By all means the most overwhelming sexual violence happens in Twin Peaks (Laura Palmer being raped and murdered by her possessed father).
Wild at Heart is somewhat pornographic but non-violent. There is also no shortage of beautiful sex scenes in Lost Highway and Mulholland Drive (which was quite provocative for its time showing two women having sex).
These are random similarities that help linking various movies into a single narrative. These are also “tricks” that travel from one movie into another for the sake of visual and contextual consistency.
For instance the iconic Black Lodge pattern from Twin Peaks first appears as early as in Eraserhead. The same is true about the horn sound that accompanies almost all scenes with sawmill in Twin Peaks. But Lynch first introduces it in Eraserhead. The curtains (as the borderline between worlds) appear in Eraserhead, Twin Peaks and Mulholland Drive.
Signs and numbers. In Blue Vlevet street signs, “Deep River Apartments”, “Allies” sign on trucks appear to have meaning. In Twin Peaks we deal with Native Americans petroglyphs as well as with letters under fingernails that come of the name “Robert”. In Muholland Drive street signs and name tags help bridging the gap between dreams and reality. In Inland Empire numbers 4 and 7 that appear on the walls of movie pavilions reflect the name of the folk tale.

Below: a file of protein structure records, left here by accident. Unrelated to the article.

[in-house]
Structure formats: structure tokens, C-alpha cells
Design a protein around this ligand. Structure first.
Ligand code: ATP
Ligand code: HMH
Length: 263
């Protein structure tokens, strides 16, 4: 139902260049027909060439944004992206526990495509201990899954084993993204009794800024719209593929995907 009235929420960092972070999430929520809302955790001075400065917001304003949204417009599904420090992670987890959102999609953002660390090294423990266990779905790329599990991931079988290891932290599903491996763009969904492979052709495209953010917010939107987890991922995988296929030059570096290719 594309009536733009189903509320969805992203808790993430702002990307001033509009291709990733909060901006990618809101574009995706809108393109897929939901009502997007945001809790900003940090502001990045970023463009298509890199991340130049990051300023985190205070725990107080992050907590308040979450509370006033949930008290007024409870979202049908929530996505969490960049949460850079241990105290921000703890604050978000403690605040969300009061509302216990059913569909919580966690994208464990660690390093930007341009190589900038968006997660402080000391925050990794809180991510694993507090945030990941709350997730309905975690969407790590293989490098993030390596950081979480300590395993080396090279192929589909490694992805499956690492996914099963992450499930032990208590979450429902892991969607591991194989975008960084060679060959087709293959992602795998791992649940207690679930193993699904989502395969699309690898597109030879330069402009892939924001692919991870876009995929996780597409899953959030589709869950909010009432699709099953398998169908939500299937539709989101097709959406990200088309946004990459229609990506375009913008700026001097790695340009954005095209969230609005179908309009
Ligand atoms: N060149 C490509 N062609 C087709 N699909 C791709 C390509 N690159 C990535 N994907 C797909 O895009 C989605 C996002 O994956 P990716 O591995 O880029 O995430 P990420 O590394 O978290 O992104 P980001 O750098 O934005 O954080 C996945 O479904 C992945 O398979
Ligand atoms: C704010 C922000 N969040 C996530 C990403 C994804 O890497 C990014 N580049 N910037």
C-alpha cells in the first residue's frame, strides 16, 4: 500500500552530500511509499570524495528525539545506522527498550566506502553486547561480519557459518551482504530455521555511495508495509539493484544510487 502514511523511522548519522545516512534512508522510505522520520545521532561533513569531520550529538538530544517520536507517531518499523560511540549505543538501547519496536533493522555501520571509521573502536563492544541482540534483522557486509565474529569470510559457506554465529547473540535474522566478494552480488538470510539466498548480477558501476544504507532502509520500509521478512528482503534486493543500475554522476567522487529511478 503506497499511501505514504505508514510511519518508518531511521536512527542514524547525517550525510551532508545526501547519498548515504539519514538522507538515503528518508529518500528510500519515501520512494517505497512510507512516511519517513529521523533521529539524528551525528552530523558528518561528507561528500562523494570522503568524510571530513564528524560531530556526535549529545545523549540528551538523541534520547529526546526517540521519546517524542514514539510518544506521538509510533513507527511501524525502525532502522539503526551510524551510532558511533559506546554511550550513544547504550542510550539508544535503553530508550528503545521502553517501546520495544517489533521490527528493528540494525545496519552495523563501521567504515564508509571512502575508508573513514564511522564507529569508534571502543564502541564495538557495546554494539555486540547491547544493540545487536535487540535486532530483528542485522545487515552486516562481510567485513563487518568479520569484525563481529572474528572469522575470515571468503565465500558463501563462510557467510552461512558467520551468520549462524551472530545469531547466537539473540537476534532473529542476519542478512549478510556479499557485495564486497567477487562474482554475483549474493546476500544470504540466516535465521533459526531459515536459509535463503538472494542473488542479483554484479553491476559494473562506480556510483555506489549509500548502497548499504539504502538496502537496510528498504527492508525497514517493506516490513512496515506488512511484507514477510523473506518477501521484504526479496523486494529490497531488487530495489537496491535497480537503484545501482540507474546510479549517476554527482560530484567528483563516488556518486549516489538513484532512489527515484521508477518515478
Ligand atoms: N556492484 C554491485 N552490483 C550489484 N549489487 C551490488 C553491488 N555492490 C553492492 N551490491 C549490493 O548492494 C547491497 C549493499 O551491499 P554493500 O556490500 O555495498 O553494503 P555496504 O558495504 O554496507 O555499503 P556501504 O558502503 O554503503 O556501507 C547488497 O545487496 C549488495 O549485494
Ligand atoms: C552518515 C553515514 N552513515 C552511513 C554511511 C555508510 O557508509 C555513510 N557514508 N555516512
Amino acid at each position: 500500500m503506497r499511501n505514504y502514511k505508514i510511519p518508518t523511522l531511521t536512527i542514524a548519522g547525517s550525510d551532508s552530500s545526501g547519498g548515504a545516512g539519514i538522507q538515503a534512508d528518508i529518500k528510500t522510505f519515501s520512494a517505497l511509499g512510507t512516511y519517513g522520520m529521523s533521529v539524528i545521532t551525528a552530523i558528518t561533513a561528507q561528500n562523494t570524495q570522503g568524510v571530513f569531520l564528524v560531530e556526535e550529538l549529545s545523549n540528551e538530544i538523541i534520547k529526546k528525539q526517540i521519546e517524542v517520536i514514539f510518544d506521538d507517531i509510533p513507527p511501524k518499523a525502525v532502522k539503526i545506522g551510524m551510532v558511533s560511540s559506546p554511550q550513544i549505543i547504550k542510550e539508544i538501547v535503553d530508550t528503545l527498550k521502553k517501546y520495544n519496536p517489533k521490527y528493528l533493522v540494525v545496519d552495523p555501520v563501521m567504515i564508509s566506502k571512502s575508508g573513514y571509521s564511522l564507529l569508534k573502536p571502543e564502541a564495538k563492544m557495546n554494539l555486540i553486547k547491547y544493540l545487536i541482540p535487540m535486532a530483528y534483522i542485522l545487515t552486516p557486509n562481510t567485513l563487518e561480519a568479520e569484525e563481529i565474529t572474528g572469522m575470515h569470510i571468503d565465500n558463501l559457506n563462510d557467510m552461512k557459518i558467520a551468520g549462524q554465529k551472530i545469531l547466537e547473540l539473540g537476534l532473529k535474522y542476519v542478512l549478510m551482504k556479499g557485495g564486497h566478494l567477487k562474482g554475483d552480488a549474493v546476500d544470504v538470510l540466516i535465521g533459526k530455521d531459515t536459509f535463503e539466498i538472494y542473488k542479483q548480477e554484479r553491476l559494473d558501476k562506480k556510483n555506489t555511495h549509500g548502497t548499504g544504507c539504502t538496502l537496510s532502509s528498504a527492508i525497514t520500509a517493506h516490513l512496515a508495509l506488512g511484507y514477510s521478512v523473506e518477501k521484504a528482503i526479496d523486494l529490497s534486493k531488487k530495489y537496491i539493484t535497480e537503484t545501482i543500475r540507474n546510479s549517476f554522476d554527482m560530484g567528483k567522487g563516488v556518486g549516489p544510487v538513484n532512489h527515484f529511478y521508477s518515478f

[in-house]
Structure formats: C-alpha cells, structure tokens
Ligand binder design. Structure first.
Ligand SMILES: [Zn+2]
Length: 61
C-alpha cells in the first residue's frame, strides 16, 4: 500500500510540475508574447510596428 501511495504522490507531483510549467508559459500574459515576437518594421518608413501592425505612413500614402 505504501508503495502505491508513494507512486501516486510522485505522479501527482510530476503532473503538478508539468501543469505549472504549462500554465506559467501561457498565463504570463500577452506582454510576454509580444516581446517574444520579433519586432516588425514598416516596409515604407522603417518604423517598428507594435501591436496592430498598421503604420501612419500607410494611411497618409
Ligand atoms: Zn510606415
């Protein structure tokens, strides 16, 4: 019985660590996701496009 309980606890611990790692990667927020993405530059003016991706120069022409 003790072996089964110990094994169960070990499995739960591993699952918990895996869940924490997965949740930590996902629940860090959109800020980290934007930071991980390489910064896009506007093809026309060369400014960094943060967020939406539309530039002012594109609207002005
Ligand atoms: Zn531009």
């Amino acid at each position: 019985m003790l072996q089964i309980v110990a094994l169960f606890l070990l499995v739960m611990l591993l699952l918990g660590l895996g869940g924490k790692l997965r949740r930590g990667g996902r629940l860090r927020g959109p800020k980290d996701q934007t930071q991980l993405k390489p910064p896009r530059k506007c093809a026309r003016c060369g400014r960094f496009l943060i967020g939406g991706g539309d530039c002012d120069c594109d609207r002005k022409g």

Black coffee. It keeps re-appearing in the movies (especially in Twin Peaks, Inland Empire and Mulholland Drive) as a natural antidote for sleep and thus the dreams. Anytime Lynch wants his characters back in reality he serves them good old black coffee.
Keys and boxes. In Twin Peaks they say that fear is the key. So it might as well be a part of Lynch’s symbolic language. But puzzle boxes (black in Twin Peaks, blue in Mulholland Drive) and the keys to them do matter.
The Sript. It is vital in movie/dream world analogy (in Mulholland Drive they also say that “everything is pre-recorded” in Silencio). In Inland Empire actress Nikki Grace said that “it is like a line from our script” and then started sliding down into surreal.
Duality. Lynch loves this trick and never hesitates to utilize it. Duality of worlds, duality of a mirror, duality of characters. Metamorphosis in Lost Highway, Betty/Diane duality in Mulholland Drive (which is the main key towards understanding the movie), duality of main actors in Inland Empire and of course the parade of dualities in Twin Peaks: Leland/Bob, Good Dale/Bob, Mike/Man From Another Place.
Dogs. They too keep popping (pupping?) up. They bark in Eraserhead (and then comes a bitch with a litter), English bulldog wanders the streets of London in The Elephant Man, Paul (Kyle MacLachlan) owns a pug in Dune. Still the true meaning of these appearances remains unclear.
Having completed this experiment the researcher (yours truly) found herself balancing on the edge of meaningfulness. Turns out they have a word for it — apophenia (the human tendency to perceive meaningful patterns within random data). But I guess this is the path David Lynch has laid for anyone curious (and nerdy) enough to follow his steps. After all the Dreamland is still a hostile place but all too attractive especially to those tired of living in a polished bubble of reality.
PS: Here are the links to my two other binge-watching experiments: